Harry Blauvelt had just dropped off his beloved yellow lab, Elvis, at doggy day care Monday and was returning home to Kent Island when his car became disabled on the Bay Bridge.
The retired USA Today golf writer, who chronicled the rise of Tiger Woods during a long career in sports journalism, had stepped out of his 2001 Honda Accord when, police said, a 2003 International truck slammed into the vehicle and pushed it into Blauvelt. The 70-year-old Chester resident was flung from the bridge's eastbound span into the water more than 50 feet below. Pulled from the bay by the crew of a police boat, he was pronounced dead at Anne Arundel Medical Center.
Blauvelt became the victim of a freakish accident on a day when three men were plucked from the water under the bridge within a six-hour span. In the other cases, one man died and another was seriously injured after they left separate vehicles on the westbound span and went over the side.
Blauvelt's widow and a close friend remembered him yesterday as a dedicated sportswriter and a man who was passionate about scuba diving, Navy football, Washington Capitals hockey, movies, "The Wire" and his dog.
Ellen Gale, his wife, said Harry and Elvis were a familiar sight in Chester. "They would walk the whole neighborhood together," she said.
"He led a full, adventurous lifestyle," Gale said. "Everyone has a Harry story, and no two will be the same."
Blauvelt spent a long career as a sportswriter, joining Gannett newspapers in 1985. During the later stages of his career, he covered the professional golf tour, following Woods from his first championships to his eventual domination of the sport. Blauvelt retired in 2004.
Reid Cherner, a former golf editor and now a reporter at USA Today, said Woods enjoyed his greatest successes when Blauvelt was present at his tournaments.
"I don't think Tiger won a major without Harry being there," Cherner said. "If Harry wasn't there, Tiger didn't win."
Hal Bodley, a longtime USA Today columnist and baseball editor until he left the paper in 2007, recalled Blauvelt's "tireless energy and contagious personality."
"No assignment was too big — or too small — for him. He approached each one with enthusiasm, rather than grouse about something he was not that interested in," Bodley said.
While golf was his job, it was not his sport. Cherner said Blauvelt had given it up before they met about 15 years ago. Gale said Blauvelt was a devoted fan of other sports, something they had in common during the 16 years they were together.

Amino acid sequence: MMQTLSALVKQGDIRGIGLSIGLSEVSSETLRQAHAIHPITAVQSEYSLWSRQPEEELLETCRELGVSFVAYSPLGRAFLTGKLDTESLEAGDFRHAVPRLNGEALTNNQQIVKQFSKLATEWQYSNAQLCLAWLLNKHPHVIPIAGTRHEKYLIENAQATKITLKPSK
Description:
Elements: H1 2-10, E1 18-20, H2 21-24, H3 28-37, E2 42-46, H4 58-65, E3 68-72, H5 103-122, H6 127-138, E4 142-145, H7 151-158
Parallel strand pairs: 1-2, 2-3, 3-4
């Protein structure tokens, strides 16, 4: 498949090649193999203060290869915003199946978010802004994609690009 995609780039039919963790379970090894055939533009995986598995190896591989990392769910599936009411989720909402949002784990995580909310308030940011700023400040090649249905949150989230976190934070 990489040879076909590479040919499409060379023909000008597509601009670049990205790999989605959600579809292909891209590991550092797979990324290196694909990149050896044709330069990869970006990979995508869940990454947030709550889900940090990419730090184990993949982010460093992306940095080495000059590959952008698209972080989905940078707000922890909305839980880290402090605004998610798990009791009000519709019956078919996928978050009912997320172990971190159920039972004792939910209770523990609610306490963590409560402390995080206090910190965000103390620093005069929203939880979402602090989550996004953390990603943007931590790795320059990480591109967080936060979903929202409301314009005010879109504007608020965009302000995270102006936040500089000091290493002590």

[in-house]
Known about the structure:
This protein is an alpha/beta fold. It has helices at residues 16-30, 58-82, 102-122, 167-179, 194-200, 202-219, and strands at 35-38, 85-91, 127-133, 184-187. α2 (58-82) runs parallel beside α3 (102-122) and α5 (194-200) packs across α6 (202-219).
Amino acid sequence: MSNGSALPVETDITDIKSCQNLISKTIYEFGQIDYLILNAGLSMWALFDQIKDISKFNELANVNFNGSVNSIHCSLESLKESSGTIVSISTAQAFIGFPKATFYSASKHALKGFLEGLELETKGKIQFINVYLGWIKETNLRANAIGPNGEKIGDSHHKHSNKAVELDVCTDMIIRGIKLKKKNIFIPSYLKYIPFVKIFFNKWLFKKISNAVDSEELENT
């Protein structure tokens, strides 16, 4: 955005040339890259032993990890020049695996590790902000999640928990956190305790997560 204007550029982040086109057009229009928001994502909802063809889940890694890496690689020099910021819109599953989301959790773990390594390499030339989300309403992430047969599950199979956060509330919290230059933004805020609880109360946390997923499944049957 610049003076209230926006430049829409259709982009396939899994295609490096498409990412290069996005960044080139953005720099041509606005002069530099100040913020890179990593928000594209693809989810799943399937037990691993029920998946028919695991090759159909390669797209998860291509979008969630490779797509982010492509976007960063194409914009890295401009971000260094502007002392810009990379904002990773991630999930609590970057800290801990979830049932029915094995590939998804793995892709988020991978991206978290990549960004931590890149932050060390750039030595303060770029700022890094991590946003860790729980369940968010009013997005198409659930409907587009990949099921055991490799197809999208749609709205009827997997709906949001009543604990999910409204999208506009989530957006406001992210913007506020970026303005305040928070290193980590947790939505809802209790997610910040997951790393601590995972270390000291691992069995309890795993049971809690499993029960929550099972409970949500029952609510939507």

"On our first date, he came to Boston and took me to a Celtics playoff game," she said. The next date was a Boston Bruins hockey game. "He knew how to impress and do all the fun things," she said.
Gale said Blauvelt was a New York City native who moved frequently when he was young, living at times in Oklahoma and British Columbia, among other places. She said he worked for the Merced Sun in California and the Honolulu Star-Bulletin before coming back east to work for USA Today in 1990.
"This was the longest he lived in one place," she said. Having traveled extensively during his career, Blauvelt "was happy to stay at home and enjoy the Eastern Shore" in retirement, Gale said.
Blauvelt had no children.
Like many other Kent Island residents, Blauvelt was deeply concerned about matters affecting the Bay Bridge. He was quoted in late 2004 in the Annapolis Capital expressing dissatisfaction about the bridge in a public meeting after the disclosure that the Maryland Transportation Authority had been forced to redo faulty paving of the bridge deck.
"Having to do this again is cruel and unusual punishment," Blauvelt was quoted as saying.
Gale said Blauvelt was no fan of driving on the bridge.
"If you live in this area, unfortunately, it's part of your life," she said.
Sgt. Jonathan Green, a spokesman for the Maryland Transportation Authority Police, said the driver of the truck that hit Blauvelt's car has been identified as Enos Hutton Sage, 63, of Severn. A check of court records shows that Sage was convicted of going 74 mph in a 55-mph zone in 2009.
Green said that the first of two men who went over the side of the westbound span Monday afternoon was being treated after having being transported to Maryland Shock Trauma Center. The 21-year-old from Calvert County was said to have received "life-threatening" injuries when he left his 2008 Toyota sedan about 12:30 p.m. and fell from a height of about 180 feet in a possible suicide attempt.
The second man pulled from the water under the westbound span, who was later pronounced dead at Anne Arundel Medical Center, apparently left another Toyota being driven by a female relative and fell from a similar height, Green said. The spokesman said the victim had been identified as a 38-year-old resident of Salisbury.